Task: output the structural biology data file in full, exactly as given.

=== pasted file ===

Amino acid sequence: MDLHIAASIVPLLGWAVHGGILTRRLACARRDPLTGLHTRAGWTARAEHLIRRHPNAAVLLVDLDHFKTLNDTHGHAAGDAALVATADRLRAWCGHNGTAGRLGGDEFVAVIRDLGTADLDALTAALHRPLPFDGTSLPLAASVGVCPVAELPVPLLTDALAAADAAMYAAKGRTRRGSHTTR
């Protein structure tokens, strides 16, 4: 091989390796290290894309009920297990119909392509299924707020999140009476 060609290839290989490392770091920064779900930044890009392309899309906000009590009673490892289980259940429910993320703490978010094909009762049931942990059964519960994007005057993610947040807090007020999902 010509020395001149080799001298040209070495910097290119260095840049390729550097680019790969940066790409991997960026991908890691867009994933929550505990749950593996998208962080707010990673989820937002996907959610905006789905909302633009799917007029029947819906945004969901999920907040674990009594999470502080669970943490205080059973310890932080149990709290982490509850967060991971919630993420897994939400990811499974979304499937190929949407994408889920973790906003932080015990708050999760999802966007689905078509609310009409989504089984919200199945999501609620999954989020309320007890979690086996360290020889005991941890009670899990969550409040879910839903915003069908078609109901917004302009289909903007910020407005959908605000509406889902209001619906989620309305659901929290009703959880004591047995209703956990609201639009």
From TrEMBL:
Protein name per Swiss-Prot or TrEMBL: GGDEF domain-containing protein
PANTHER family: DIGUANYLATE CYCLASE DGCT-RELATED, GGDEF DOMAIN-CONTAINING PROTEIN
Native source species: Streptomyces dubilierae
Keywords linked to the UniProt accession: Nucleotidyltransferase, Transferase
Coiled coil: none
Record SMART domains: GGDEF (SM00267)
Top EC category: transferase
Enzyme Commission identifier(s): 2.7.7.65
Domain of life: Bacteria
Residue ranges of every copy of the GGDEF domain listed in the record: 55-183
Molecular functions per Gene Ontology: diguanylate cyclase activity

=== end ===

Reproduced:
Amino acid sequence: MDLHIAASIVPLLGWAVHGGILTRRLACARRDPLTGLHTRAGWTARAEHLIRRHPNAAVLLVDLDHFKTLNDTHGHAAGDAALVATADRLRAWCGHNGTAGRLGGDEFVAVIRDLGTADLDALTAALHRPLPFDGTSLPLAASVGVCPVAELPVPLLTDALAAADAAMYAAKGRTRRGSHTTR
């Protein structure tokens, strides 16, 4: 091989390796290290894309009920297990119909392509299924707020999140009476 060609290839290989490392770091920064779900930044890009392309899309906000009590009673490892289980259940429910993320703490978010094909009762049931942990059964519960994007005057993610947040807090007020999902 010509020395001149080799001298040209070495910097290119260095840049390729550097680019790969940066790409991997960026991908890691867009994933929550505990749950593996998208962080707010990673989820937002996907959610905006789905909302633009799917007029029947819906945004969901999920907040674990009594999470502080669970943490205080059973310890932080149990709290982490509850967060991971919630993420897994939400990811499974979304499937190929949407994408889920973790906003932080015990708050999760999802966007689905078509609310009409989504089984919200199945999501609620999954989020309320007890979690086996360290020889005991941890009670899990969550409040879910839903915003069908078609109901917004302009289909903007910020407005959908605000509406889902209001619906989620309305659901929290009703959880004591047995209703956990609201639009």
From TrEMBL:
Protein name per Swiss-Prot or TrEMBL: GGDEF domain-containing protein
PANTHER family: DIGUANYLATE CYCLASE DGCT-RELATED, GGDEF DOMAIN-CONTAINING PROTEIN
Native source species: Streptomyces dubilierae
Keywords linked to the UniProt accession: Nucleotidyltransferase, Transferase
Coiled coil: none
Record SMART domains: GGDEF (SM00267)
Top EC category: transferase
Enzyme Commission identifier(s): 2.7.7.65
Domain of life: Bacteria
Residue ranges of every copy of the GGDEF domain listed in the record: 55-183
Molecular functions per Gene Ontology: diguanylate cyclase activity